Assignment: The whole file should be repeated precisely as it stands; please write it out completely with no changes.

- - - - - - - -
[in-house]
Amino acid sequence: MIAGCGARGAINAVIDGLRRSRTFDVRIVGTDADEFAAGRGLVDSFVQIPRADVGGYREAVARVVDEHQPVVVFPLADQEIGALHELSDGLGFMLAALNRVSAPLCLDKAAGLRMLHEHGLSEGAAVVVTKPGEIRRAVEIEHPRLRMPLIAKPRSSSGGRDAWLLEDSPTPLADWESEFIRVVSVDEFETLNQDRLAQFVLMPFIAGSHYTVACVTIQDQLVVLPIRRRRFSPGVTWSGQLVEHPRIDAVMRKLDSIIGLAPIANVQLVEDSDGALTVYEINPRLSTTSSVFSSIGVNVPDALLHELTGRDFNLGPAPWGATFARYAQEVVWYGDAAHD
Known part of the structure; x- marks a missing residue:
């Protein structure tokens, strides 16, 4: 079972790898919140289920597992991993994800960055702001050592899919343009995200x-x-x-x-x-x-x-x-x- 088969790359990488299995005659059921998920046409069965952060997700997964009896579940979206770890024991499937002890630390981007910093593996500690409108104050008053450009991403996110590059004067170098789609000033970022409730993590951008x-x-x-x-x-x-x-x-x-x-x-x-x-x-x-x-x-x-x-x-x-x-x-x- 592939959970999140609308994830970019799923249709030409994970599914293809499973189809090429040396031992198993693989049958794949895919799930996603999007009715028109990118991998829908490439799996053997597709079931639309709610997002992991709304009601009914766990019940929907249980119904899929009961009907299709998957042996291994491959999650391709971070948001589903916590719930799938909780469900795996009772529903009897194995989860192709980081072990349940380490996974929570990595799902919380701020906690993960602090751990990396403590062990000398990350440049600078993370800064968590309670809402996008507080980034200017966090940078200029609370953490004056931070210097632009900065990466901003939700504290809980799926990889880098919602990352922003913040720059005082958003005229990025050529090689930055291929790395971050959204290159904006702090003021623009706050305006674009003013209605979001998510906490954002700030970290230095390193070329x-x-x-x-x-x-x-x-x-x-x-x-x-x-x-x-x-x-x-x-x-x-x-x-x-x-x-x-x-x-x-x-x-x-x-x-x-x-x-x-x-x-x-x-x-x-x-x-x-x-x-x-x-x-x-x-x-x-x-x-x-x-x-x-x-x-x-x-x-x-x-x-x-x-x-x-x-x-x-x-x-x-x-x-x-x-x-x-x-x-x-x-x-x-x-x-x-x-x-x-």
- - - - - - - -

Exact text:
[in-house]
Amino acid sequence: MIAGCGARGAINAVIDGLRRSRTFDVRIVGTDADEFAAGRGLVDSFVQIPRADVGGYREAVARVVDEHQPVVVFPLADQEIGALHELSDGLGFMLAALNRVSAPLCLDKAAGLRMLHEHGLSEGAAVVVTKPGEIRRAVEIEHPRLRMPLIAKPRSSSGGRDAWLLEDSPTPLADWESEFIRVVSVDEFETLNQDRLAQFVLMPFIAGSHYTVACVTIQDQLVVLPIRRRRFSPGVTWSGQLVEHPRIDAVMRKLDSIIGLAPIANVQLVEDSDGALTVYEINPRLSTTSSVFSSIGVNVPDALLHELTGRDFNLGPAPWGATFARYAQEVVWYGDAAHD
Known part of the structure; x- marks a missing residue:
């Protein structure tokens, strides 16, 4: 079972790898919140289920597992991993994800960055702001050592899919343009995200x-x-x-x-x-x-x-x-x- 088969790359990488299995005659059921998920046409069965952060997700997964009896579940979206770890024991499937002890630390981007910093593996500690409108104050008053450009991403996110590059004067170098789609000033970022409730993590951008x-x-x-x-x-x-x-x-x-x-x-x-x-x-x-x-x-x-x-x-x-x-x-x- 592939959970999140609308994830970019799923249709030409994970599914293809499973189809090429040396031992198993693989049958794949895919799930996603999007009715028109990118991998829908490439799996053997597709079931639309709610997002992991709304009601009914766990019940929907249980119904899929009961009907299709998957042996291994491959999650391709971070948001589903916590719930799938909780469900795996009772529903009897194995989860192709980081072990349940380490996974929570990595799902919380701020906690993960602090751990990396403590062990000398990350440049600078993370800064968590309670809402996008507080980034200017966090940078200029609370953490004056931070210097632009900065990466901003939700504290809980799926990889880098919602990352922003913040720059005082958003005229990025050529090689930055291929790395971050959204290159904006702090003021623009706050305006674009003013209605979001998510906490954002700030970290230095390193070329x-x-x-x-x-x-x-x-x-x-x-x-x-x-x-x-x-x-x-x-x-x-x-x-x-x-x-x-x-x-x-x-x-x-x-x-x-x-x-x-x-x-x-x-x-x-x-x-x-x-x-x-x-x-x-x-x-x-x-x-x-x-x-x-x-x-x-x-x-x-x-x-x-x-x-x-x-x-x-x-x-x-x-x-x-x-x-x-x-x-x-x-x-x-x-x-x-x-x-x-």